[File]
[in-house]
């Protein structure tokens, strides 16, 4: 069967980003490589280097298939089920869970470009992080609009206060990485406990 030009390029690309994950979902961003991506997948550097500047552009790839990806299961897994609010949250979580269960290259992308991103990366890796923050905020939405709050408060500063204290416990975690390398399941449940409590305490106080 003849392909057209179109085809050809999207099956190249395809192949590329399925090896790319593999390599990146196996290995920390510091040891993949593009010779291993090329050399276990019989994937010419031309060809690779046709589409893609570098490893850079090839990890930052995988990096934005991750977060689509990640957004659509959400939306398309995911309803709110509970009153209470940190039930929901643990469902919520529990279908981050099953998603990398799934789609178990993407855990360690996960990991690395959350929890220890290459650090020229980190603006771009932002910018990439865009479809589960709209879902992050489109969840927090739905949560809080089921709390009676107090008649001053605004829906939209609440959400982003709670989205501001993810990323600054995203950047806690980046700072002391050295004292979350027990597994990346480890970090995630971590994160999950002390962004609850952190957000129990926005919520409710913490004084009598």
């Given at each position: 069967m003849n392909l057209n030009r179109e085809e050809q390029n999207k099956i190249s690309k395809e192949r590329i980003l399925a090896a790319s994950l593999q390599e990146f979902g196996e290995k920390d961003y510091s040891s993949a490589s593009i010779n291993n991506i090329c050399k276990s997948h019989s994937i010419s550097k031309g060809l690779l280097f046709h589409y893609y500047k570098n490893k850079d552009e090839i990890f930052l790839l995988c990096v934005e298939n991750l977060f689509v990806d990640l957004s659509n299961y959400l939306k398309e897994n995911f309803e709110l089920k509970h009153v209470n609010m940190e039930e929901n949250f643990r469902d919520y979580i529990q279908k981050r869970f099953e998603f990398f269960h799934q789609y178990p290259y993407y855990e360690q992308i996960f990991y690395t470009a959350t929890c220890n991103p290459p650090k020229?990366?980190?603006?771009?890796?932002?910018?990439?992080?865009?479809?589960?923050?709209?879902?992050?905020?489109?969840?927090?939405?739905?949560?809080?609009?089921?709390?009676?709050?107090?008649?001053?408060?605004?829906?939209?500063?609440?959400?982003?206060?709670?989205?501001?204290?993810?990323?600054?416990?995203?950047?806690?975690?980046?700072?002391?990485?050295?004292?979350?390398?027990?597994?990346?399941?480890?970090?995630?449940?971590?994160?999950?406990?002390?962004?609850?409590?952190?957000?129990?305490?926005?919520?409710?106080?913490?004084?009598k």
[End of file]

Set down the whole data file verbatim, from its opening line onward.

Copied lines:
[in-house]
């Protein structure tokens, strides 16, 4: 069967980003490589280097298939089920869970470009992080609009206060990485406990 030009390029690309994950979902961003991506997948550097500047552009790839990806299961897994609010949250979580269960290259992308991103990366890796923050905020939405709050408060500063204290416990975690390398399941449940409590305490106080 003849392909057209179109085809050809999207099956190249395809192949590329399925090896790319593999390599990146196996290995920390510091040891993949593009010779291993090329050399276990019989994937010419031309060809690779046709589409893609570098490893850079090839990890930052995988990096934005991750977060689509990640957004659509959400939306398309995911309803709110509970009153209470940190039930929901643990469902919520529990279908981050099953998603990398799934789609178990993407855990360690996960990991690395959350929890220890290459650090020229980190603006771009932002910018990439865009479809589960709209879902992050489109969840927090739905949560809080089921709390009676107090008649001053605004829906939209609440959400982003709670989205501001993810990323600054995203950047806690980046700072002391050295004292979350027990597994990346480890970090995630971590994160999950002390962004609850952190957000129990926005919520409710913490004084009598």
């Given at each position: 069967m003849n392909l057209n030009r179109e085809e050809q390029n999207k099956i190249s690309k395809e192949r590329i980003l399925a090896a790319s994950l593999q390599e990146f979902g196996e290995k920390d961003y510091s040891s993949a490589s593009i010779n291993n991506i090329c050399k276990s997948h019989s994937i010419s550097k031309g060809l690779l280097f046709h589409y893609y500047k570098n490893k850079d552009e090839i990890f930052l790839l995988c990096v934005e298939n991750l977060f689509v990806d990640l957004s659509n299961y959400l939306k398309e897994n995911f309803e709110l089920k509970h009153v209470n609010m940190e039930e929901n949250f643990r469902d919520y979580i529990q279908k981050r869970f099953e998603f990398f269960h799934q789609y178990p290259y993407y855990e360690q992308i996960f990991y690395t470009a959350t929890c220890n991103p290459p650090k020229?990366?980190?603006?771009?890796?932002?910018?990439?992080?865009?479809?589960?923050?709209?879902?992050?905020?489109?969840?927090?939405?739905?949560?809080?609009?089921?709390?009676?709050?107090?008649?001053?408060?605004?829906?939209?500063?609440?959400?982003?206060?709670?989205?501001?204290?993810?990323?600054?416990?995203?950047?806690?975690?980046?700072?002391?990485?050295?004292?979350?390398?027990?597994?990346?399941?480890?970090?995630?449940?971590?994160?999950?406990?002390?962004?609850?409590?952190?957000?129990?305490?926005?919520?409710?106080?913490?004084?009598k």